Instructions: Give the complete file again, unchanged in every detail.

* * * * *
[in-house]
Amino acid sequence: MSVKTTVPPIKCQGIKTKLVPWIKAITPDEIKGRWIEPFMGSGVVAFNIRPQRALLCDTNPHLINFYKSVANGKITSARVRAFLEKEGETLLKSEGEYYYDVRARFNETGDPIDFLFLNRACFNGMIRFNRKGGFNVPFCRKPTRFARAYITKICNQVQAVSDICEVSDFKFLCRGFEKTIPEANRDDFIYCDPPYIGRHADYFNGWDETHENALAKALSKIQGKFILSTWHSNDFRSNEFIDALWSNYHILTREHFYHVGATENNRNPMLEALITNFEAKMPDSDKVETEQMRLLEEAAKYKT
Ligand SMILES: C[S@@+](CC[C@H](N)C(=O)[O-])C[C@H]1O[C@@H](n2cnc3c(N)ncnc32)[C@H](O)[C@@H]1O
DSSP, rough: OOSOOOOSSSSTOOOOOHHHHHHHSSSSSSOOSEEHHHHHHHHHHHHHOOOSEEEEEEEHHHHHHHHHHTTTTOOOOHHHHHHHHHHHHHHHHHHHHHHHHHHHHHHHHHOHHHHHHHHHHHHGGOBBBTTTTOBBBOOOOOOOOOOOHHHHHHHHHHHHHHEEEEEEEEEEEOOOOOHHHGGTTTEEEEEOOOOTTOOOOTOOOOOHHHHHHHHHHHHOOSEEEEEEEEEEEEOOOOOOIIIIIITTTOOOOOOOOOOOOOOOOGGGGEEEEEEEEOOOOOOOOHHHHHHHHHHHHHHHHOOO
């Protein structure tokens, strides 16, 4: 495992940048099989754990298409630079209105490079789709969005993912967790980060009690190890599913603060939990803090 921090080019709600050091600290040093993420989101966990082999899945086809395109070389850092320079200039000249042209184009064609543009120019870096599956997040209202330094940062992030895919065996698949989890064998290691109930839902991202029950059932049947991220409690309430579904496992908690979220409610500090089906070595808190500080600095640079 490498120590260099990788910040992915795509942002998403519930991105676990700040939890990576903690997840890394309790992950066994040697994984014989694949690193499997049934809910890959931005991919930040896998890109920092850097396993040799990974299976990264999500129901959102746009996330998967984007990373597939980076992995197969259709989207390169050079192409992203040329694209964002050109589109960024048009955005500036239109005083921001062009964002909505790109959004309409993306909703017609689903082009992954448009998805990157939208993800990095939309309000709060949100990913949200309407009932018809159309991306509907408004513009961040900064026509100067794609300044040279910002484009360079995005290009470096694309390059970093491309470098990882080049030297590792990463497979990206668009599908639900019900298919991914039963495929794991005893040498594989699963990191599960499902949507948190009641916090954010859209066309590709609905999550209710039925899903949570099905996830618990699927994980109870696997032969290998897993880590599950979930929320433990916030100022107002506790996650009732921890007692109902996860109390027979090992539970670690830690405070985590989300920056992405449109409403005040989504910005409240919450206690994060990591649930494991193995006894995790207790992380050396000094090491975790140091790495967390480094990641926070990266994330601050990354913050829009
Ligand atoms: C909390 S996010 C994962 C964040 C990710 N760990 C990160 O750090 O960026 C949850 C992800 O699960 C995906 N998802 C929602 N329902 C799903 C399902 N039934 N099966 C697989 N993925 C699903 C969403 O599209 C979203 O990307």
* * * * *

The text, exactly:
[in-house]
Amino acid sequence: MSVKTTVPPIKCQGIKTKLVPWIKAITPDEIKGRWIEPFMGSGVVAFNIRPQRALLCDTNPHLINFYKSVANGKITSARVRAFLEKEGETLLKSEGEYYYDVRARFNETGDPIDFLFLNRACFNGMIRFNRKGGFNVPFCRKPTRFARAYITKICNQVQAVSDICEVSDFKFLCRGFEKTIPEANRDDFIYCDPPYIGRHADYFNGWDETHENALAKALSKIQGKFILSTWHSNDFRSNEFIDALWSNYHILTREHFYHVGATENNRNPMLEALITNFEAKMPDSDKVETEQMRLLEEAAKYKT
Ligand SMILES: C[S@@+](CC[C@H](N)C(=O)[O-])C[C@H]1O[C@@H](n2cnc3c(N)ncnc32)[C@H](O)[C@@H]1O
DSSP, rough: OOSOOOOSSSSTOOOOOHHHHHHHSSSSSSOOSEEHHHHHHHHHHHHHOOOSEEEEEEEHHHHHHHHHHTTTTOOOOHHHHHHHHHHHHHHHHHHHHHHHHHHHHHHHHHOHHHHHHHHHHHHGGOBBBTTTTOBBBOOOOOOOOOOOHHHHHHHHHHHHHHEEEEEEEEEEEOOOOOHHHGGTTTEEEEEOOOOTTOOOOTOOOOOHHHHHHHHHHHHOOSEEEEEEEEEEEEOOOOOOIIIIIITTTOOOOOOOOOOOOOOOOGGGGEEEEEEEEOOOOOOOOHHHHHHHHHHHHHHHHOOO
């Protein structure tokens, strides 16, 4: 495992940048099989754990298409630079209105490079789709969005993912967790980060009690190890599913603060939990803090 921090080019709600050091600290040093993420989101966990082999899945086809395109070389850092320079200039000249042209184009064609543009120019870096599956997040209202330094940062992030895919065996698949989890064998290691109930839902991202029950059932049947991220409690309430579904496992908690979220409610500090089906070595808190500080600095640079 490498120590260099990788910040992915795509942002998403519930991105676990700040939890990576903690997840890394309790992950066994040697994984014989694949690193499997049934809910890959931005991919930040896998890109920092850097396993040799990974299976990264999500129901959102746009996330998967984007990373597939980076992995197969259709989207390169050079192409992203040329694209964002050109589109960024048009955005500036239109005083921001062009964002909505790109959004309409993306909703017609689903082009992954448009998805990157939208993800990095939309309000709060949100990913949200309407009932018809159309991306509907408004513009961040900064026509100067794609300044040279910002484009360079995005290009470096694309390059970093491309470098990882080049030297590792990463497979990206668009599908639900019900298919991914039963495929794991005893040498594989699963990191599960499902949507948190009641916090954010859209066309590709609905999550209710039925899903949570099905996830618990699927994980109870696997032969290998897993880590599950979930929320433990916030100022107002506790996650009732921890007692109902996860109390027979090992539970670690830690405070985590989300920056992405449109409403005040989504910005409240919450206690994060990591649930494991193995006894995790207790992380050396000094090491975790140091790495967390480094990641926070990266994330601050990354913050829009
Ligand atoms: C909390 S996010 C994962 C964040 C990710 N760990 C990160 O750090 O960026 C949850 C992800 O699960 C995906 N998802 C929602 N329902 C799903 C399902 N039934 N099966 C697989 N993925 C699903 C969403 O599209 C979203 O990307």